As a reader and a person with a severe case of wanderlust, I enjoy travel books written by travelers. That is what I load onto my electronic reader when I’m away from home.
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For me, every blog post is
a little like giving birth. (I may be am indulging myself in a little some hyperbole here.) The C-section of my writing career was a 75 page independent study paper produced during my senior year of law school with over 100 footnotes. This was in some antediluvian time before word processing, so editing was a nightmare. I even had to hire one of Mr. Excitement‘s old girlfriends to type my final paper. I’m so00 lucky he had the good sense he was willing to settle for a hunter and pecker over a chick who could type 90 words a minute.
One of the boons of becoming a travel blogger has been the chance to meet some other baby boomer wanderlusters who have actually been churning out real books. I suspect the experience of producing their literary progeny (compared to my law school mega paper) has been more like giving birth to triplets, but they hunkered down and did it.
When you are trying to think of the perfect gift for travelers, even armchair travelers, who are at the age when they should be
throwing stuff out downsizing, not acquiring more stuff, I suggest you think about travel books. If they are dinosaurs still like the feel of a real book, you can buy them paperbacks, but e-books are also gift options and all they will take up is a wee bit of bytes on their electronic device of choice.
Here are some of my recommendations, all written by travel bloggers I’ve met IRL (in real life). We’ll start with the books written by fellow baby boomer travel bloggers:
Travel Books by Baby Boomers
Chocolatour: A Quest for the World’s Best Chocolate * by Doreen Pendgracs
This book is perfect for the chocolate lover in your life. In fact, you could give them this book with some lovely chocolate. If you’re
clueless not sure what chocolate to buy for them, you could even consult this book to give you some ideas. The excellent thing is that the chocolate won’t even add to their stuff because presumably, it will be consumed. Okay, so it might add to their hips, but not to their stuff.
I met the author, Doreen Pendgracs at a chocolate festival in Honolulu. (Yes, chocolate covered bacon is actually a thing.) She inscribed my copy for my favorite chocolate lover, Mr. Excitement. After all, it was thanks to him that I got to live in Hawaii for three months and thus was able to attend the Honolulu Chocolate Festival. (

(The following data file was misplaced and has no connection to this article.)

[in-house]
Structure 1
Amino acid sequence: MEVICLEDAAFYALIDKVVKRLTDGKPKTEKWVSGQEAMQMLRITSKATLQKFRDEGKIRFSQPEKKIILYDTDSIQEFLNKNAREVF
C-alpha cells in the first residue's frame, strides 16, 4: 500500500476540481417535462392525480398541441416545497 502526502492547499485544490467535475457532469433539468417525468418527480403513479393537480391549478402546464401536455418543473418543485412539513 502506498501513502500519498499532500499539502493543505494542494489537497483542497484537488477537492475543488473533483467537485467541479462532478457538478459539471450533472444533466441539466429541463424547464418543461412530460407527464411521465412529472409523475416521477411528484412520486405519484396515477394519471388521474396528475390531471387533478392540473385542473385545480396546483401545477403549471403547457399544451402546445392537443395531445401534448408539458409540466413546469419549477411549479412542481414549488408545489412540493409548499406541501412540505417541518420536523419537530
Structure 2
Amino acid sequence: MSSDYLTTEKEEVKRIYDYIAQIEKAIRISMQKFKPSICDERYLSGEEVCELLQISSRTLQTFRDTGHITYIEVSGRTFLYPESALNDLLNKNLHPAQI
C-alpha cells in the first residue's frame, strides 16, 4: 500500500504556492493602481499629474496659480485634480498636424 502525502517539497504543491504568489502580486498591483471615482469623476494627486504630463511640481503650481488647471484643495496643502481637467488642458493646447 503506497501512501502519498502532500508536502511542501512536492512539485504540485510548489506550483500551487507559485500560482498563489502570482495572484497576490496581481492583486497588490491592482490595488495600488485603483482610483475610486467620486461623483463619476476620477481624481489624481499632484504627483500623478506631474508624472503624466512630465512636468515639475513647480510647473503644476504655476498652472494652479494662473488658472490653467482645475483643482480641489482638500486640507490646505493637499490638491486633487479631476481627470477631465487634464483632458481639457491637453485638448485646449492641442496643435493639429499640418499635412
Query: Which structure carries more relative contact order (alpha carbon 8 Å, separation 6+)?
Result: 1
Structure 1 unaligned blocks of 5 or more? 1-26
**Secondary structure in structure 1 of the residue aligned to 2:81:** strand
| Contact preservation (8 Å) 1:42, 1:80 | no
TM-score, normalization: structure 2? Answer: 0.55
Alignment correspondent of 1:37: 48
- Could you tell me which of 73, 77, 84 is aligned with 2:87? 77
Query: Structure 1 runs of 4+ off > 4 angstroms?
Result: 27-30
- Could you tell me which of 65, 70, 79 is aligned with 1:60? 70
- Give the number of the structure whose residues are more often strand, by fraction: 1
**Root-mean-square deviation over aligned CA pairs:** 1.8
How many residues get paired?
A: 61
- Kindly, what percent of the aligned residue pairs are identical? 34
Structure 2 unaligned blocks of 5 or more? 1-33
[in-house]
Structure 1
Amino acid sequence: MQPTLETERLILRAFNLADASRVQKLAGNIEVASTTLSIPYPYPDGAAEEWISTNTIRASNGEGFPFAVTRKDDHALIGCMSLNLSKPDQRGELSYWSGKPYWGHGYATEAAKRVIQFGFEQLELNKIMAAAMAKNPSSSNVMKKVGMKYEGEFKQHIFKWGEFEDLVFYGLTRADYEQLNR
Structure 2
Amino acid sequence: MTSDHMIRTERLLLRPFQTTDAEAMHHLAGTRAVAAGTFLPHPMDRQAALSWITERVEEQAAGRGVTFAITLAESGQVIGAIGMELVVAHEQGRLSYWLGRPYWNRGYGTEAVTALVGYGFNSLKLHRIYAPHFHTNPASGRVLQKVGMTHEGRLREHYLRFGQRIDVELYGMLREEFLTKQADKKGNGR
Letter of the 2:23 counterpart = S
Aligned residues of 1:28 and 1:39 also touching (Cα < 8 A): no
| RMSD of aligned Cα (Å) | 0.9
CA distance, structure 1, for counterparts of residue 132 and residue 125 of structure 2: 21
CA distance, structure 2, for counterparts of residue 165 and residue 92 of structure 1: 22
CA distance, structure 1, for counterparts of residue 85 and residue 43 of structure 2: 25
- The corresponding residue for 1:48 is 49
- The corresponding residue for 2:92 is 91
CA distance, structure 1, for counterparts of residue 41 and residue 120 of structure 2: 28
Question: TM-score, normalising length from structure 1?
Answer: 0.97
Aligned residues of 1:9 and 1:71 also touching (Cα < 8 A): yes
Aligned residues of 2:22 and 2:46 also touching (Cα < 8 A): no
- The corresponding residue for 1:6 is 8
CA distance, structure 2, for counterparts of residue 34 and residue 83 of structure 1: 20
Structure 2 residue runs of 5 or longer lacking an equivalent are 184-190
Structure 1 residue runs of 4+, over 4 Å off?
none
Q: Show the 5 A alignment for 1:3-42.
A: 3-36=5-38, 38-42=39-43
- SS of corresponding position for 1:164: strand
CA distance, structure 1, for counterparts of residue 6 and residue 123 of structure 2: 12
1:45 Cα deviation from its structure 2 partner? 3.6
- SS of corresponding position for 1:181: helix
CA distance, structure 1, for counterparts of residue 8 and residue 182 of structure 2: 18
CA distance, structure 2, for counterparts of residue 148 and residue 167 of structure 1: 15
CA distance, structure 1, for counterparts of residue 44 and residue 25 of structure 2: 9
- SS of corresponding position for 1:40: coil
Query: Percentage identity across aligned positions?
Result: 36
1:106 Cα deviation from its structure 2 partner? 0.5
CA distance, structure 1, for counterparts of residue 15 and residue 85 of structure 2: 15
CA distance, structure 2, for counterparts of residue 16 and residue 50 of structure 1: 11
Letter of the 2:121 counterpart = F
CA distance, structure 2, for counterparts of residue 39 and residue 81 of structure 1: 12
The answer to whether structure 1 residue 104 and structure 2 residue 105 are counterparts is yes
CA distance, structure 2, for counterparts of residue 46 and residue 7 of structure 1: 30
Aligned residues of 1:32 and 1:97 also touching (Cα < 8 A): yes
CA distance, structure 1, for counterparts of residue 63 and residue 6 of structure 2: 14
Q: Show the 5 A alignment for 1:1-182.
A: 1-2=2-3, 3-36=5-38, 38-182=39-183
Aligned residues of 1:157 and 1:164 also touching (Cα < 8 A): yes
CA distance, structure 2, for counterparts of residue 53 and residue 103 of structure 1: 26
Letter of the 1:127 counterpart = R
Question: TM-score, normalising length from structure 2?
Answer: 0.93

Did I mention that chocolate covered bacon is actually a thing?) For a more in depth taste of this book (pun 100% intended), you can read my full review.
Going Gypsy: One Couple’s Adventure from Empty Nest to No Nest at All* By Veronica and David James
GypsyNester.com was one of the first baby boomer travel blogs I discovered. In this book, Veronica and David not only chronicle the beginning of their travels, they also share their process of becoming empty nesters, a life passage through which many baby boomers are also
bumbling feeling their way.
It can be seriously disorienting when you switch from 24/7 parent mode to “oh dear, now it’s just the two of us” mode. Veronica and David dove right into that phase by selling their house and moving into an RV. It was not the big bus luxury kind of RV, but the kind of RV where it is impossible not to be in the same space at the same time. Not to give anything away, but I finished this book with my RV fantasy (unfortunately, not shared by Mr. Excitement) intact. For a better idea of why that happened, read my full review of Going Gypsy.
Philadelphia Liberty Trail by Larissa and Michael Milne
As a born and bred Philly
girl person, I was anxious to read this tome authored by fellow Philadelphians, Larissa and Michael Milne.
The City of Brotherly Love (and Sisterly Affection) might be known mostly for poorly behaved sports fans and a signature food (cheesesteaks) that is
horrendous not that good for your health. However, it also boasts the most historic square mile in the United States. (Boston, don’t even quibble. It’s a fact.)
You really should come to Philly and bring your family. When you do, you should come prepared with Michael and Larissa’s book so you can get the most out of your visit. I explain why in my full review of Philadelphia Liberty Trail.
Travel Books for the Young People in Your Life
This recommendation is for baby boomers (or anyone) who has small people in their lives i.e. children, grandchildren, nieces and nephews, etc.
Montecristo is my favorite 4 pound, long haired chihuahua travel blogger. He is adorable, full of personality (doganality?) and is very well traveled. His biped mother, Sonja Lishchynski, helps him out with his writing and blogging. Read my full review of this charming book and then buy it.
For Readers Who Don’t Just Read Travel Books
Our Bodies, Our Shelves: A Collection of Library Humor by Roz Warren.
Finally, since we’re talking about books, I am also recommending a book by another Philadelphia area writer who like I am is also a
Actually, Roz Warren is a humor writer who is all the way recovered from the law. When she’s not actually writing, she’s a librarian.
Roz’ anthology of library humor (yes, there is most certainly such a thing) might make you squirm a bit if you’ve ever haggled with a librarian about overdue book fines. However, you will probably have a smile on your face (if not a full throated guffaw) when you read about the guy who refused to pay to replace a book he never returned because, of course, aliens stole it from the book drop after he left it there. (Happens all the time, dontcha know).
You can read Midlife Boulevard contributor Stacia Friedman’s review of Our Bodies, Our Shelves here.